Free Cash Flow Theory

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Free cash flow (FCF) is a measure of how much cash a business generates after accounting for capital expenditures such as buildings or equipment. This cash can be used for expansion, dividends, reducing debt, or other purposes.
The formula for free cash flow is:
FCF = Operating Cash Flow - Capital Expenditures.
It can also be calculated as:
EBIT(1-Tax Rate) + Depreciation & Amortization - Change in Net Working Capital - Capital Expenditure

FREE CASH FLOW TO FIRM:
FCFF is a financial performance measure which indicates the net amount of cash generated by the firm after providing for expenses ,taxes and changes in net working capital and investments.
This can be considered as a company's measure of profitability after all expenses and reinvestments.
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FCF is a term that has received increasing attention in 1990s. As Jensen states (1986), free cash flow means is the excess of cash generated from its operations over capital expenditure , which are required for all projects of the entity which have positive net present value (NPV). Free cash flow can have useful and important applications for shareholders and managers of entities. The free cash flow theory suggested by Jensen states that more internal cash enables the managers to avoid market controlling. In this situation, they do not need the shareholders agreement and they are free to decide about the investments on their…show more content…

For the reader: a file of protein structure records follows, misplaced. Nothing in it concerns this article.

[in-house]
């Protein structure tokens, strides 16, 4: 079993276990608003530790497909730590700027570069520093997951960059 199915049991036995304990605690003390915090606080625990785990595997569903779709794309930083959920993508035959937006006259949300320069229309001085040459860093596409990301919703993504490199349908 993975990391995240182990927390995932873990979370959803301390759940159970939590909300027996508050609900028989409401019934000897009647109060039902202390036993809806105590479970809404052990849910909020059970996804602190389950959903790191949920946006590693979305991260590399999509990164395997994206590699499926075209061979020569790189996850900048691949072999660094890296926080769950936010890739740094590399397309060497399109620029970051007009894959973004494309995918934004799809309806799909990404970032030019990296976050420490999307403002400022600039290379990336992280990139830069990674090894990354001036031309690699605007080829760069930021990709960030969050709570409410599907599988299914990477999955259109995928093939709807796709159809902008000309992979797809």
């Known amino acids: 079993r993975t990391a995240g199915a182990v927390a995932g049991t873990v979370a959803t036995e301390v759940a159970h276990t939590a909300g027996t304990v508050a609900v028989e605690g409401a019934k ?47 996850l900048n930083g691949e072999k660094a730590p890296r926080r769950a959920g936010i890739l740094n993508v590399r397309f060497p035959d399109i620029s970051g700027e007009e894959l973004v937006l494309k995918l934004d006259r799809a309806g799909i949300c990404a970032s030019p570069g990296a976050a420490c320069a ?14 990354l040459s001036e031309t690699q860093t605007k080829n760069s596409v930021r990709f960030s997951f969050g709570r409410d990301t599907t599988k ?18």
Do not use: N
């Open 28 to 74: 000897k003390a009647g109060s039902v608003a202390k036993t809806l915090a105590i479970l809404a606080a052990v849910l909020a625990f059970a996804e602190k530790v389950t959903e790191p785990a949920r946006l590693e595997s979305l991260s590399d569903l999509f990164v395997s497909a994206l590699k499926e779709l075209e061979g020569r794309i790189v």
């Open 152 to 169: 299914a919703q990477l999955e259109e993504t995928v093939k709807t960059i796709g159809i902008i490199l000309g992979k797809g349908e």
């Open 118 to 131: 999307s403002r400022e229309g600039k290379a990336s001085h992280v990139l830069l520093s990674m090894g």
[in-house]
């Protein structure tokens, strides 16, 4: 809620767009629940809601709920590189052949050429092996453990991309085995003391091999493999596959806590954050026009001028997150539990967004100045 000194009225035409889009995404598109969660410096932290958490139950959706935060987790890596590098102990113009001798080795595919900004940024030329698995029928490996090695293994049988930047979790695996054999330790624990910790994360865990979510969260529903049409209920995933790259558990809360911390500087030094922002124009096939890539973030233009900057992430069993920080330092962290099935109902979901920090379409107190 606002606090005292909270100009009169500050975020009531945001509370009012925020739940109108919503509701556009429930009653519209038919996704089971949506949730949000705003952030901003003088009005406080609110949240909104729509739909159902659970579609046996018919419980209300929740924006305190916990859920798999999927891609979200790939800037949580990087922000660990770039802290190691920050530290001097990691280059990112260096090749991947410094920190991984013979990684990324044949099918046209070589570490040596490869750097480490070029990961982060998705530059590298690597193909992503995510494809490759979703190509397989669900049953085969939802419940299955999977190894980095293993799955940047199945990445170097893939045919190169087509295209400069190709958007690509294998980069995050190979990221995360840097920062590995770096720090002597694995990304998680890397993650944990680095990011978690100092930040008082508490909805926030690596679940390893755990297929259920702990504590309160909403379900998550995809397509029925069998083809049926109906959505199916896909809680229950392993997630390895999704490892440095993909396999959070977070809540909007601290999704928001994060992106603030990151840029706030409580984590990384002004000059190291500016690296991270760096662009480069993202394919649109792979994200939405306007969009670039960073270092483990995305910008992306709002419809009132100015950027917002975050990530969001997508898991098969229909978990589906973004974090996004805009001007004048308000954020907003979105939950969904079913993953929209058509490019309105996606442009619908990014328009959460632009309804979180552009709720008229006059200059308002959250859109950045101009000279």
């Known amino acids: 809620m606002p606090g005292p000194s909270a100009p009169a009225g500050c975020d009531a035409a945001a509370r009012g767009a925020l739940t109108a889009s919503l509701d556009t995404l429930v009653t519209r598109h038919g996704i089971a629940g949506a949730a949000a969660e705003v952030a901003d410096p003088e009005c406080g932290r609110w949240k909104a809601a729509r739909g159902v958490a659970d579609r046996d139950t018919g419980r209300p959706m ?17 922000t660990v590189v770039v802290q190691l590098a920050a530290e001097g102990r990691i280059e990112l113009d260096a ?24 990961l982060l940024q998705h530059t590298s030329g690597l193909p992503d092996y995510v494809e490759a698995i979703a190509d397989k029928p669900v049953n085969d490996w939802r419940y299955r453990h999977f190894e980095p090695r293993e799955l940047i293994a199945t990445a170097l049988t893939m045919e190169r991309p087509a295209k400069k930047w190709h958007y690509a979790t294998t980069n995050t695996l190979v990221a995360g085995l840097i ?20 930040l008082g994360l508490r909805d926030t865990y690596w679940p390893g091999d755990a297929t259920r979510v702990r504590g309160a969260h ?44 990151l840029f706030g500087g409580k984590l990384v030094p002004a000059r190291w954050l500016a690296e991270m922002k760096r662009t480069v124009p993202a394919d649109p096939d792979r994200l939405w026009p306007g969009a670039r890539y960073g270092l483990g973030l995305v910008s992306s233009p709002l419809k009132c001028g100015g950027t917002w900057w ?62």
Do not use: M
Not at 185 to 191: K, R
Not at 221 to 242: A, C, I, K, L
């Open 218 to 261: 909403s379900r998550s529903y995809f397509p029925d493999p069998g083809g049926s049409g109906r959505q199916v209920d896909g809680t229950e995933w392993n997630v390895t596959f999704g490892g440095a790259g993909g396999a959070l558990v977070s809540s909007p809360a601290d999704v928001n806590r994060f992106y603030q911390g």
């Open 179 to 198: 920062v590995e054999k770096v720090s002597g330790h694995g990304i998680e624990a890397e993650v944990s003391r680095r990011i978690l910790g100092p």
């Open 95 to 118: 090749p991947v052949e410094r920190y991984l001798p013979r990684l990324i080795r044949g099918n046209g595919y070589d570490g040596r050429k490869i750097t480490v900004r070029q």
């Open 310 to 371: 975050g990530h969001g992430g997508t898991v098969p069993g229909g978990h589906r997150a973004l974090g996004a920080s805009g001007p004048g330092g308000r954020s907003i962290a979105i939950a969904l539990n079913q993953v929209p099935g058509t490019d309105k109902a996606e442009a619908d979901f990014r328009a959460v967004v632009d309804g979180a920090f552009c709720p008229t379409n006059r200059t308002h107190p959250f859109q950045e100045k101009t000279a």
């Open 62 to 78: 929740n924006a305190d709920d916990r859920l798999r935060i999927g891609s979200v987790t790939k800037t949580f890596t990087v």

Interpreting free cash flow there are very few companies that have consistently maintained a positive free cash flows. If a firm is increasing its cash flow steadily every year, it usually indicates that it is running its operations efficiently by reducing costs or expanding its market share.
The high free cash also puts the company in a position to pay its debt and give generous dividends to its shareholders. It can also be used to buy other profitable businesses. The companies that are experiencing a steady decline in free cash flow could be going through a period of declining growth and facing liquidity problems. Without free cash, a company may be unable to pay off its debt and may even have to borrow more debt in order to finance its growth requirements. It will not be able to pay dividends, pursue opportunities for expansion through acquisitions or develop new products.
Investors should also be aware that companies can influence their free cash flow by
 lengthening the time they take to pay the bills (thus preserving their
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